parts by a mile. And if you have good parts in
good number....Look out!

When roadblocks inevitably get placed in our way,
it is enthusiasm that usually wins the day. Without
enthusiasm, problems, snags, & roadblocks will
defeat the efforts of many clubs. I've seen many
teams over the years go under for no reason at
all expect that they lacked enthusiasm. 

However, enthusiastic teams look at these "things"
simply as obstacles that will be overcome.

In many ways, enthusiasm starts with a simple,
positive outlook.

Communication is the lifeblood of any organization.
Good teams have a constant flow of communication. Whether
its reminding everyone about practices or games, or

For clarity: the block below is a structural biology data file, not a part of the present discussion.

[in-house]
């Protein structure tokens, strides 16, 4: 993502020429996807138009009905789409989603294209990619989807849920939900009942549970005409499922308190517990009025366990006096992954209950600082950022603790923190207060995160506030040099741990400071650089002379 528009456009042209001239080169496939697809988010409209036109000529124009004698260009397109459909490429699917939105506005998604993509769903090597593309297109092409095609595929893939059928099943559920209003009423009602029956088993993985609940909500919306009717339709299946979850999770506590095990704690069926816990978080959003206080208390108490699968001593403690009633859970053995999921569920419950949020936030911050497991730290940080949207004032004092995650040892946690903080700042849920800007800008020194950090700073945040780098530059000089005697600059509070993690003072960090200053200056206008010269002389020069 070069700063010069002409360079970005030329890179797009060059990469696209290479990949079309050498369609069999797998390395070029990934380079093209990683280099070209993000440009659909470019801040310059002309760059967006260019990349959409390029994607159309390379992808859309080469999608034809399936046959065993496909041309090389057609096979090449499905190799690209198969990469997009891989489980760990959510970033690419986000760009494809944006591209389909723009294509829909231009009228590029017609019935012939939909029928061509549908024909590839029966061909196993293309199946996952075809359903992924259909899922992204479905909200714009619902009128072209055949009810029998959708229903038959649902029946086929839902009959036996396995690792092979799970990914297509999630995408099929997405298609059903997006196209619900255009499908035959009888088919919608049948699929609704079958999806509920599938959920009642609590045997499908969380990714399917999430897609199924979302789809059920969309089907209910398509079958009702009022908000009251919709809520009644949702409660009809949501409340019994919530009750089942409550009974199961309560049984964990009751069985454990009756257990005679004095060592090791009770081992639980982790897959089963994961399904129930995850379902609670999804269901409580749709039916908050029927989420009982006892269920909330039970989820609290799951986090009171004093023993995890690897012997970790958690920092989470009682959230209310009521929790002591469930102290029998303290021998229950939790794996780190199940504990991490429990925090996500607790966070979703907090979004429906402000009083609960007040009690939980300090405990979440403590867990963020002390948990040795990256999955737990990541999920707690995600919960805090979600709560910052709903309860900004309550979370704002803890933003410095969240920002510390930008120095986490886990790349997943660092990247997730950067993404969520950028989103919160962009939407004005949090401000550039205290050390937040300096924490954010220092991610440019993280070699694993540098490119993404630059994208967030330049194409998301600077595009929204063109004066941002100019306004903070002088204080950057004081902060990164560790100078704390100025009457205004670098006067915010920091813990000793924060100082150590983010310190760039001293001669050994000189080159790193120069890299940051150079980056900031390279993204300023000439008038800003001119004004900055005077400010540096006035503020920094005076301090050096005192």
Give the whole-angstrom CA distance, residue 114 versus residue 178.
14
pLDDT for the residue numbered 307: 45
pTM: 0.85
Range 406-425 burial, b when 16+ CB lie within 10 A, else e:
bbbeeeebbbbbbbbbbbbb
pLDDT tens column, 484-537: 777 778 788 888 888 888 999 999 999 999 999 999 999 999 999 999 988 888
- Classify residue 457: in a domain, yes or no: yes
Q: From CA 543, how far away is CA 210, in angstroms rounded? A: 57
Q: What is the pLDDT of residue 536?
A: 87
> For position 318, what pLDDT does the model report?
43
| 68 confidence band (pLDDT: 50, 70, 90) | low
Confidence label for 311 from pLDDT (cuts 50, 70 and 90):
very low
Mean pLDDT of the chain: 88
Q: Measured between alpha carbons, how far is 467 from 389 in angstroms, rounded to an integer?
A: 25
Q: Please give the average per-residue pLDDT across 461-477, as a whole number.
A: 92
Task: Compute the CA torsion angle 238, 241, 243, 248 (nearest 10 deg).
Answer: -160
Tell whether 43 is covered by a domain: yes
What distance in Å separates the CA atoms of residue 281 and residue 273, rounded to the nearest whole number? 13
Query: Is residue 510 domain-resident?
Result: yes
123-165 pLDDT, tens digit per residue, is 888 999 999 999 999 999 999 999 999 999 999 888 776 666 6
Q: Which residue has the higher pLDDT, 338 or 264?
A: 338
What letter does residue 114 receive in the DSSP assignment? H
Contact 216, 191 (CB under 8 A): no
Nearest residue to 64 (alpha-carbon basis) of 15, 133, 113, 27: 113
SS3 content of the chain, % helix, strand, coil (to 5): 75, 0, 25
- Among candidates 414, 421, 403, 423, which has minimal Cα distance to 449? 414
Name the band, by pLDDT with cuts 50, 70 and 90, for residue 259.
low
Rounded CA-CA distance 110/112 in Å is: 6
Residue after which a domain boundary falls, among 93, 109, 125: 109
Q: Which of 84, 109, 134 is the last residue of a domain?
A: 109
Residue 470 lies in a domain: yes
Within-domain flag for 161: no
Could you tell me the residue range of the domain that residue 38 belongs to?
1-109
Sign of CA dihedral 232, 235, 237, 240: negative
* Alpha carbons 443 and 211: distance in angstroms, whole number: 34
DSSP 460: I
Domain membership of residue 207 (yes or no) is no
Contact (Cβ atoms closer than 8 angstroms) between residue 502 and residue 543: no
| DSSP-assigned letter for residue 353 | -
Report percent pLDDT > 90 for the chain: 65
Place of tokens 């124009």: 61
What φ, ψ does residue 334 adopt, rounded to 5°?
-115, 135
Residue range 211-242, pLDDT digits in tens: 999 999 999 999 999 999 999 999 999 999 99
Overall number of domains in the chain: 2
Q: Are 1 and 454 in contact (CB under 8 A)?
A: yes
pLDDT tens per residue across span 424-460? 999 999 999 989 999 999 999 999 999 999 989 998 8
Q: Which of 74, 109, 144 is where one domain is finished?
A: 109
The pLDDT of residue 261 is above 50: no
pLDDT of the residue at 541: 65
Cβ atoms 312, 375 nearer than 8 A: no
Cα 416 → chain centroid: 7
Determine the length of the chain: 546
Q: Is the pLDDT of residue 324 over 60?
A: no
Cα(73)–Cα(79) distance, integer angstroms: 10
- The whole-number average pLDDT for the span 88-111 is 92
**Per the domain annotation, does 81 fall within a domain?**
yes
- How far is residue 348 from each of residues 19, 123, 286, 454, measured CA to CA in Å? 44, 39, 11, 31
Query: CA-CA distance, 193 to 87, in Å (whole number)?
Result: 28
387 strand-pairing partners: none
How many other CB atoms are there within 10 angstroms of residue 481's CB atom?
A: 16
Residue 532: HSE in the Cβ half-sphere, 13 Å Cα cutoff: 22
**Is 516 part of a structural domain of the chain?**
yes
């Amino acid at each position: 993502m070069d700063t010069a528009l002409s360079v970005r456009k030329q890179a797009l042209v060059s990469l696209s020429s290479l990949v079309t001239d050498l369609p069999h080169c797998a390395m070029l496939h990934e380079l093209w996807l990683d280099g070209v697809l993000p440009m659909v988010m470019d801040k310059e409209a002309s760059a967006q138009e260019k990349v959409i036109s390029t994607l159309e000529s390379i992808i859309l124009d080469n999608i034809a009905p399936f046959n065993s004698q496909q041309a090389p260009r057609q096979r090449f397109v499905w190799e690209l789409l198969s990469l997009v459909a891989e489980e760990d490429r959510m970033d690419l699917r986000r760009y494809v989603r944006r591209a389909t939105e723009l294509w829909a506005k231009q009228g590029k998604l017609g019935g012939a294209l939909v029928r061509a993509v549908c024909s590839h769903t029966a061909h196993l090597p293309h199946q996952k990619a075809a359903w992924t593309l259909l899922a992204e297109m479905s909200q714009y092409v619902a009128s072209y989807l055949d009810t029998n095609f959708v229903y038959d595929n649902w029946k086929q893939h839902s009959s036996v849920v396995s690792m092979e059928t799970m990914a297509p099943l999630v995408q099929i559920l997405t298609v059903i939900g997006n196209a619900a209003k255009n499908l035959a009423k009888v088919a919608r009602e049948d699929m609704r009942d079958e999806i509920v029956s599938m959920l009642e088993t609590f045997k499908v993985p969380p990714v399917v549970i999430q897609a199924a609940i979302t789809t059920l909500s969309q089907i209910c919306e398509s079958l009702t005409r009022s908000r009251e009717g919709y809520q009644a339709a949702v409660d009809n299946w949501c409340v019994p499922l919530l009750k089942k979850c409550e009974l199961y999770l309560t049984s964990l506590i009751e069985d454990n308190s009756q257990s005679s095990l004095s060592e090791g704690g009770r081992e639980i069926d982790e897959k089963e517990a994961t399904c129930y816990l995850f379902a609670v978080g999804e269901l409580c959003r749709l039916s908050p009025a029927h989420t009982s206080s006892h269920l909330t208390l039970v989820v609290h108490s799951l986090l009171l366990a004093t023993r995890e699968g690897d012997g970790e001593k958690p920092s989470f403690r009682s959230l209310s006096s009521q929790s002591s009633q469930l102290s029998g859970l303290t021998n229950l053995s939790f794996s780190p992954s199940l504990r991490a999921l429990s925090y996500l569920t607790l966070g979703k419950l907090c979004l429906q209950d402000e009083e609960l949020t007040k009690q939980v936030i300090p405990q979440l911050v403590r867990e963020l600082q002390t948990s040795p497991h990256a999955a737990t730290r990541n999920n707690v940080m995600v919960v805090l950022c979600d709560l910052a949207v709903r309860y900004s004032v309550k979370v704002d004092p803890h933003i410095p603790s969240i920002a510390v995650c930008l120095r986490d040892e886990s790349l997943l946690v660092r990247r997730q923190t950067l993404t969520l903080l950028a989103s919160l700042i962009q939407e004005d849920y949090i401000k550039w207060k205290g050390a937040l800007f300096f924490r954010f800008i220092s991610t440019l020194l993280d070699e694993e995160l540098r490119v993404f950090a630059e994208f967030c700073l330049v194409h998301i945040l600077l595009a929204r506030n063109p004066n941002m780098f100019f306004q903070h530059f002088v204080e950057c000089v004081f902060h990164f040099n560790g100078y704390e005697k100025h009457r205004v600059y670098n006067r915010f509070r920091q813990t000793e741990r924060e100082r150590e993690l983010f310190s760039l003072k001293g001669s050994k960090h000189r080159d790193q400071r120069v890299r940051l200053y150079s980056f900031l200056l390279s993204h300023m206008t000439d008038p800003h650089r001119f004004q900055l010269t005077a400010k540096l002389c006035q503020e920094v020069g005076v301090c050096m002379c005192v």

informing your teammates of your availability, or
lifting each others spirits, communication is vitally
important. I've seen teams that had organization, numbers,
leadership, and initial enthusiasm fail because they didn't
communicate well. 

By having frequent (though not TOO much) communication
among your members, nobody will feel left behind, nor will
they feel that "nobody's driving the bus". It also helps
create enthusiasm when its positive.

Back in the day, I thought that I was doing well to keep
a phone list updated (tedious) and having myself or others
contact everyone every week to confirm events. Today, with
the internet, a simple team email list does all of this in
seconds. Having a good webpage helps as well.

Its human nature to feel needed or to want attention. With
good communicating, your players will feel both. Hence, your
turnout will be better.

These are just overviews- mostly since they apply to both
college and club teams. I'll get into more detail on later
pages that are more specific to the type of team you have.